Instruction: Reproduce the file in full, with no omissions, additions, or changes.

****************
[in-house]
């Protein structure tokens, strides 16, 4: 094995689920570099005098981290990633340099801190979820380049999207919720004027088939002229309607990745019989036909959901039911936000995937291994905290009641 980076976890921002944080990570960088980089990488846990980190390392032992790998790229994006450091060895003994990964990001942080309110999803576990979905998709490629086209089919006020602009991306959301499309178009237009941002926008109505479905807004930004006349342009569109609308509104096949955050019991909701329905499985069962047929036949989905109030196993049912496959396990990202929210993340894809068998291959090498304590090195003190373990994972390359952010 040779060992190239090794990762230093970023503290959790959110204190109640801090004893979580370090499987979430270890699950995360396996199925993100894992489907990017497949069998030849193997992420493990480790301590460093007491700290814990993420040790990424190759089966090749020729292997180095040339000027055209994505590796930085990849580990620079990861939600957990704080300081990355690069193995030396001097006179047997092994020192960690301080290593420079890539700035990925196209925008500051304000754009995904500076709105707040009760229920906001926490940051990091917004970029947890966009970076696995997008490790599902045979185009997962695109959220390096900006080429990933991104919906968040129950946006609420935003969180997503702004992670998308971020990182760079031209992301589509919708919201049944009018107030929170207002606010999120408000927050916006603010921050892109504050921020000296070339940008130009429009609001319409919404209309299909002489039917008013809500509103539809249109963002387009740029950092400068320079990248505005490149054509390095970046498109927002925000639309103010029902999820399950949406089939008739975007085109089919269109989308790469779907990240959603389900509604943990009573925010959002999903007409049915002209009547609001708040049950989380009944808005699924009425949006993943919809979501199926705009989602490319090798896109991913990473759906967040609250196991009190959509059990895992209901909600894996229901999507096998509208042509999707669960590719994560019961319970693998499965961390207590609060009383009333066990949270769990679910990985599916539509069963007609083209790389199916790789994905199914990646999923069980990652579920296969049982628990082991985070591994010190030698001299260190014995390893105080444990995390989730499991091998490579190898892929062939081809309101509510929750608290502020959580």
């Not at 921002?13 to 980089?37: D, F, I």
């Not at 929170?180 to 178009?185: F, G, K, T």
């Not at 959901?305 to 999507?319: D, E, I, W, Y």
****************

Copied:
[in-house]
């Protein structure tokens, strides 16, 4: 094995689920570099005098981290990633340099801190979820380049999207919720004027088939002229309607990745019989036909959901039911936000995937291994905290009641 980076976890921002944080990570960088980089990488846990980190390392032992790998790229994006450091060895003994990964990001942080309110999803576990979905998709490629086209089919006020602009991306959301499309178009237009941002926008109505479905807004930004006349342009569109609308509104096949955050019991909701329905499985069962047929036949989905109030196993049912496959396990990202929210993340894809068998291959090498304590090195003190373990994972390359952010 040779060992190239090794990762230093970023503290959790959110204190109640801090004893979580370090499987979430270890699950995360396996199925993100894992489907990017497949069998030849193997992420493990480790301590460093007491700290814990993420040790990424190759089966090749020729292997180095040339000027055209994505590796930085990849580990620079990861939600957990704080300081990355690069193995030396001097006179047997092994020192960690301080290593420079890539700035990925196209925008500051304000754009995904500076709105707040009760229920906001926490940051990091917004970029947890966009970076696995997008490790599902045979185009997962695109959220390096900006080429990933991104919906968040129950946006609420935003969180997503702004992670998308971020990182760079031209992301589509919708919201049944009018107030929170207002606010999120408000927050916006603010921050892109504050921020000296070339940008130009429009609001319409919404209309299909002489039917008013809500509103539809249109963002387009740029950092400068320079990248505005490149054509390095970046498109927002925000639309103010029902999820399950949406089939008739975007085109089919269109989308790469779907990240959603389900509604943990009573925010959002999903007409049915002209009547609001708040049950989380009944808005699924009425949006993943919809979501199926705009989602490319090798896109991913990473759906967040609250196991009190959509059990895992209901909600894996229901999507096998509208042509999707669960590719994560019961319970693998499965961390207590609060009383009333066990949270769990679910990985599916539509069963007609083209790389199916790789994905199914990646999923069980990652579920296969049982628990082991985070591994010190030698001299260190014995390893105080444990995390989730499991091998490579190898892929062939081809309101509510929750608290502020959580």
């Not at 921002?13 to 980089?37: D, F, I």
């Not at 929170?180 to 178009?185: F, G, K, T």
């Not at 959901?305 to 999507?319: D, E, I, W, Y």